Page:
I recently found myself in need of a MIDI thru box for my desktop synth setup and decided to build one from scratch. A MIDI thru box is a pretty simple device and at a total cost 15-20 euros for parts (including a home made circuit board), it’s a great choice if you are looking for a simple DIY electronics project.
Complete schematics, circuit board layout and part list for this build are available under the Creative Commons license on GitHub.
A bit of research revealed that most MIDI thru box designs posted online are strikingly similar. So after a brief stop at my local electronics store to pick up some parts, I quickly prototyped the circuit on a breadboard and settled on a design.
Although the Hex Schmitt trigger I use can in fact drive 5 MIDI outputs, I chose to sacrifice one of them for an activity LED. Life is too short to troubleshoot MIDI connections, so this was an easy decision. If you have the need, another Hex Schmitt trigger could easy be added to the circuit for a total of 10 outputs (plus the activity LED).
Next step was documenting the schematic in Eagle. I have been wanting to switch to KiCad for a while but this project was simple enough for the free version of Eagle, so I put off learning a new CAD package once again. With the schematic in place, I moved on to the circuit board layout. I opted for a single-layered design because it’s considerably easier and cheaper to make single-sided circuit boards on your own.
Etching the circuit board is by far the trickiest part of the process if you haven’t done it before. Unless you are willing to spend hundreds of euros on a specialized equipment such as an UV light box and an etching tank, you may find that quite a few failed attempts are needed before you get it right… but it can be done! Personally, I use the “photo resist” method with a regular 15 watt CFL bulb, a photo frame and a couple of plastic containers, all of which I picked up at IKEA for next to nothing. It took me an hour or so to make a near-perfect circuit board for this project, including holes for all the components and a makeshift silkscreen.
After completing the circuit board, populating and soldering the components was a simple matter. I like to build and test individual sections of the circuit in isolation, so I started with the voltage regulator, then moved on to the MIDI input (including activity LED) and finally completed the MIDI outputs one by one – testing each section carefully along the way. It may take a bit longer to do it this way, but it eliminates the frustration of having to sort out multiple issues at the same time, which I often find myself doing if I populate and solder an entire board in one go.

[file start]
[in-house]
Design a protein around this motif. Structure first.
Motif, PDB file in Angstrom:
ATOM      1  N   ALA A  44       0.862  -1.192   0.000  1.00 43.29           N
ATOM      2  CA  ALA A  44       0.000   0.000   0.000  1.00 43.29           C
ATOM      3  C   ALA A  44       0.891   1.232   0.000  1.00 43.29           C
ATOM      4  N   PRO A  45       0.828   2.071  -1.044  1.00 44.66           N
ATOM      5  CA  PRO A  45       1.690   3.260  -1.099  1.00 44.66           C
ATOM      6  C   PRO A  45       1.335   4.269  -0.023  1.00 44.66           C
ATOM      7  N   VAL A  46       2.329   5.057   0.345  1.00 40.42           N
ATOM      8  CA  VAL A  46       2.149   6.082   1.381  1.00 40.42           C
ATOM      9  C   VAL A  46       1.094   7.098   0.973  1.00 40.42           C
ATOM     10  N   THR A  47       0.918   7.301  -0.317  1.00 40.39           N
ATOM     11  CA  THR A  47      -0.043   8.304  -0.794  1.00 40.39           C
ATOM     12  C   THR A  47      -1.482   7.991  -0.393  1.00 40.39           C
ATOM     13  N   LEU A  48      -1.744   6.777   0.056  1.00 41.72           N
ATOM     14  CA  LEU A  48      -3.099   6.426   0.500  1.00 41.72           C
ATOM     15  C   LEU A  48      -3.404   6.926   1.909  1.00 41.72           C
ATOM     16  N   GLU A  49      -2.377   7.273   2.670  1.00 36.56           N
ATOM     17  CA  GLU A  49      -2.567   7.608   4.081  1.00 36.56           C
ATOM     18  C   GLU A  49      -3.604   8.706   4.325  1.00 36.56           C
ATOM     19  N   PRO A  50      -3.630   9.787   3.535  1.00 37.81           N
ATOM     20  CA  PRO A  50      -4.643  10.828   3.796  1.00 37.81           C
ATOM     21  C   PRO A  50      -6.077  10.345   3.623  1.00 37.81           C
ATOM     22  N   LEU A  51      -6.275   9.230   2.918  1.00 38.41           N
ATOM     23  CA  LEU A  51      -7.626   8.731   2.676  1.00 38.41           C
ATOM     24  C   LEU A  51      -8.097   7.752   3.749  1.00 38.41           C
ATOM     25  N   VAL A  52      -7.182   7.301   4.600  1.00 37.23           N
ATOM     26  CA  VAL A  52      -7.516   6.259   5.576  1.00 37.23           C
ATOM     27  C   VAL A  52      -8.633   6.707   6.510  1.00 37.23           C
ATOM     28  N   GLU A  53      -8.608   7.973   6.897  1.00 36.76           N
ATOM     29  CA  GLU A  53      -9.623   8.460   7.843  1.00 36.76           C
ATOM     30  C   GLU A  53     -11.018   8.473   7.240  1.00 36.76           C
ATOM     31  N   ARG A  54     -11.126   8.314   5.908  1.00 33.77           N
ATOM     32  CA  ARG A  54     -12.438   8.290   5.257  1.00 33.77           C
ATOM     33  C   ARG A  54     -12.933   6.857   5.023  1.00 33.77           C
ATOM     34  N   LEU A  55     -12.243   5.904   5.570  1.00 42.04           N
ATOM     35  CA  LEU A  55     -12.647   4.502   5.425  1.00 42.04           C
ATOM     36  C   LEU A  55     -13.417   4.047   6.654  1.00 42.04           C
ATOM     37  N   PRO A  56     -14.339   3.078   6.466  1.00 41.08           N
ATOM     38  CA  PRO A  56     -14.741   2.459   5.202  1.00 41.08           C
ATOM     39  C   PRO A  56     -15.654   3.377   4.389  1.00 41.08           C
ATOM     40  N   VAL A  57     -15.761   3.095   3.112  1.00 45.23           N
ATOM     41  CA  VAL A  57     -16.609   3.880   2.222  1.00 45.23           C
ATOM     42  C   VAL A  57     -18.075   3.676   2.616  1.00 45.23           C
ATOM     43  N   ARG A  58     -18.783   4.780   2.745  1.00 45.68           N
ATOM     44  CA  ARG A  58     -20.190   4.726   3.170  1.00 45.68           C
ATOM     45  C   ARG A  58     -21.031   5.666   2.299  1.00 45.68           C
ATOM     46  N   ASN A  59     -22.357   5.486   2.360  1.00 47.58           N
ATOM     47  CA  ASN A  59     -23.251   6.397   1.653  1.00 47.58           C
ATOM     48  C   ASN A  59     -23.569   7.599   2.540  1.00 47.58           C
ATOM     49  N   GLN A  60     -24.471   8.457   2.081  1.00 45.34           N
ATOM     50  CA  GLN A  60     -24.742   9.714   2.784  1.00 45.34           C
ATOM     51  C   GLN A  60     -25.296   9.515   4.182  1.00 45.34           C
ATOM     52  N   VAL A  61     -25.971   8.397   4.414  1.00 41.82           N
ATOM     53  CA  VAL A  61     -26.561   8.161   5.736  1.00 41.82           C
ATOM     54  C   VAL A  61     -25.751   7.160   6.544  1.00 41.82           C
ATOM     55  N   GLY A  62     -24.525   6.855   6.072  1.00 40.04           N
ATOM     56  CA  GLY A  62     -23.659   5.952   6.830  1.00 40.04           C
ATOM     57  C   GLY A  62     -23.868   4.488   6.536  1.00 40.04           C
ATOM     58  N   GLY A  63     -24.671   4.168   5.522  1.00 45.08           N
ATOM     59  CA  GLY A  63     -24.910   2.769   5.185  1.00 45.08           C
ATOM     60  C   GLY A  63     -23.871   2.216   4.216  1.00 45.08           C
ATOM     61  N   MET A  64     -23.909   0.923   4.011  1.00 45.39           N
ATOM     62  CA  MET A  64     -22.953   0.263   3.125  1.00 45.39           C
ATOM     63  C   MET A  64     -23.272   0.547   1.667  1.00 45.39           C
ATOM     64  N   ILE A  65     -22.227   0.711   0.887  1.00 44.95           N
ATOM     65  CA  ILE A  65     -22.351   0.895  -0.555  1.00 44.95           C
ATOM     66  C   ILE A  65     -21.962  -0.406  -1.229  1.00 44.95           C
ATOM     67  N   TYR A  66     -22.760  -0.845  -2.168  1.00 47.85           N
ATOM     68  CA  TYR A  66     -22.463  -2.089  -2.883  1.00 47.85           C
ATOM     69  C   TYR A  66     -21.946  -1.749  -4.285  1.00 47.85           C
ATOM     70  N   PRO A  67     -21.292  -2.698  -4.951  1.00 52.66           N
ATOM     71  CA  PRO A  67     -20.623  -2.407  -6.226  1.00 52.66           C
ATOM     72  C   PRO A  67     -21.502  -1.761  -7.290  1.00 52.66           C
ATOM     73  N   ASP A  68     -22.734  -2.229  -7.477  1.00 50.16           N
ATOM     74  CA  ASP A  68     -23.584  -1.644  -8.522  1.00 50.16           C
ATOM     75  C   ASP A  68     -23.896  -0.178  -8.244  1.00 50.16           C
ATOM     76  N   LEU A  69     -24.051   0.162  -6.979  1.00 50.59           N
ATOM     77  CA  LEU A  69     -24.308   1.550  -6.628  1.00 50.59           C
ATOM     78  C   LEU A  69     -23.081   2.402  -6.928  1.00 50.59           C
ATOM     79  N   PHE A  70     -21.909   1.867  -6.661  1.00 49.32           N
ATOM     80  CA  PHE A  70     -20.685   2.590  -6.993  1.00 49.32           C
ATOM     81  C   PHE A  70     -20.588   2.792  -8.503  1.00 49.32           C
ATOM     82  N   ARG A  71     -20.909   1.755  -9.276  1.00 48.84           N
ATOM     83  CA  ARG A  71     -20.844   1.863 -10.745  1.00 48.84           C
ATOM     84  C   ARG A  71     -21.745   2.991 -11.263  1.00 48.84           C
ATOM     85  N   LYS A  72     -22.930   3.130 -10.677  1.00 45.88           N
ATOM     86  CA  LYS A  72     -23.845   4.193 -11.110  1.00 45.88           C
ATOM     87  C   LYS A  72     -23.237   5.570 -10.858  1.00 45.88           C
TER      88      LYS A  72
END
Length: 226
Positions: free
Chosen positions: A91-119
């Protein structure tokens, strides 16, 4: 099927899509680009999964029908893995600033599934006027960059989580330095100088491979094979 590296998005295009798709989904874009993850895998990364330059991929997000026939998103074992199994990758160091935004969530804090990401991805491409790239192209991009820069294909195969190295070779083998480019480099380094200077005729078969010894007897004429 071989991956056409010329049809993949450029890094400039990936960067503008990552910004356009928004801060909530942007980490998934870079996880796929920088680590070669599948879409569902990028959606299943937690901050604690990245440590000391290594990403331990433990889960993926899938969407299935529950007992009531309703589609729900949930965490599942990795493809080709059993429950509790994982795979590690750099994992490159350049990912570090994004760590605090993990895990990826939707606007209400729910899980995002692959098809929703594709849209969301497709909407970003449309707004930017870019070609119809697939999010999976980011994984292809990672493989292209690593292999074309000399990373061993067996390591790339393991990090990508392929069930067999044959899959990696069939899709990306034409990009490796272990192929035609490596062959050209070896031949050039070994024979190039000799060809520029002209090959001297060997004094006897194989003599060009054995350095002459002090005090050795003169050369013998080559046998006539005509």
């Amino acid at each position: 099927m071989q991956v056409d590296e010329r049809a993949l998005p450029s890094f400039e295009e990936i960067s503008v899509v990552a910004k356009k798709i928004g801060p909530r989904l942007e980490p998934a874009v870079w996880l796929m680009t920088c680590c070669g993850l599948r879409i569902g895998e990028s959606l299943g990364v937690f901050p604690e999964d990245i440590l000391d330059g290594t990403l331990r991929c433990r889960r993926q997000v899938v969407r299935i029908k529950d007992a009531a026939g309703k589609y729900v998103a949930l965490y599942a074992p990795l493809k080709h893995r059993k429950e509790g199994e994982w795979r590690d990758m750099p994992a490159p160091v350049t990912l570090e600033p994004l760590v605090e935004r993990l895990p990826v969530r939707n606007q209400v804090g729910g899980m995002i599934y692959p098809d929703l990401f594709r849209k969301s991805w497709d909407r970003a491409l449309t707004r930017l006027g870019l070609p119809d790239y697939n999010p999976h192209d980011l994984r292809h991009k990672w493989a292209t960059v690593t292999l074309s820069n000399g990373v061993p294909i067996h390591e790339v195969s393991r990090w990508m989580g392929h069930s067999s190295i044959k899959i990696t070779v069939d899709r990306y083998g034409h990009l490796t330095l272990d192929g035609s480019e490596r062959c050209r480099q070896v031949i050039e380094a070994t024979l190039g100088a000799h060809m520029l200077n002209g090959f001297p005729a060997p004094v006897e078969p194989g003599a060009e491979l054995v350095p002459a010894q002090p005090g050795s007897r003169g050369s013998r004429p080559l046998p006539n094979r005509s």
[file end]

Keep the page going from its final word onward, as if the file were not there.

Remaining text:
Having built a working circuit, the only reaming task was to build an enclosure to protect it. I like to design pretty acrylic boxes for my DIY projects and have them manufactured by Ponoko, but since this box will be stowed away under my desk I opted for a more basic solution and simply cut two small pieces from a 3 mm plywood board I had lying around – one for the top and one for the bottom of the circuit board.
If someone would like to contribute an acrylic box design to this project I would be happy to add the drawings to the GitHub repository.
I have used the box for around 20 hours now and have not experienced any issues. There is no noticeable latency when playing notes and MIDI clock is tight.
If you are a green DIY enthusiasts who have put together a few kits and are looking to take it to the next level, this project is a good choice. You could use stripboard but I really recommend that you bite the bullet and learn how to etch your own circuit boards. I find that using “proper” circuit boards helps me avoid mistakes and makes my builds much more enjoyable.
Feel free to post a comment if you have questions or need help.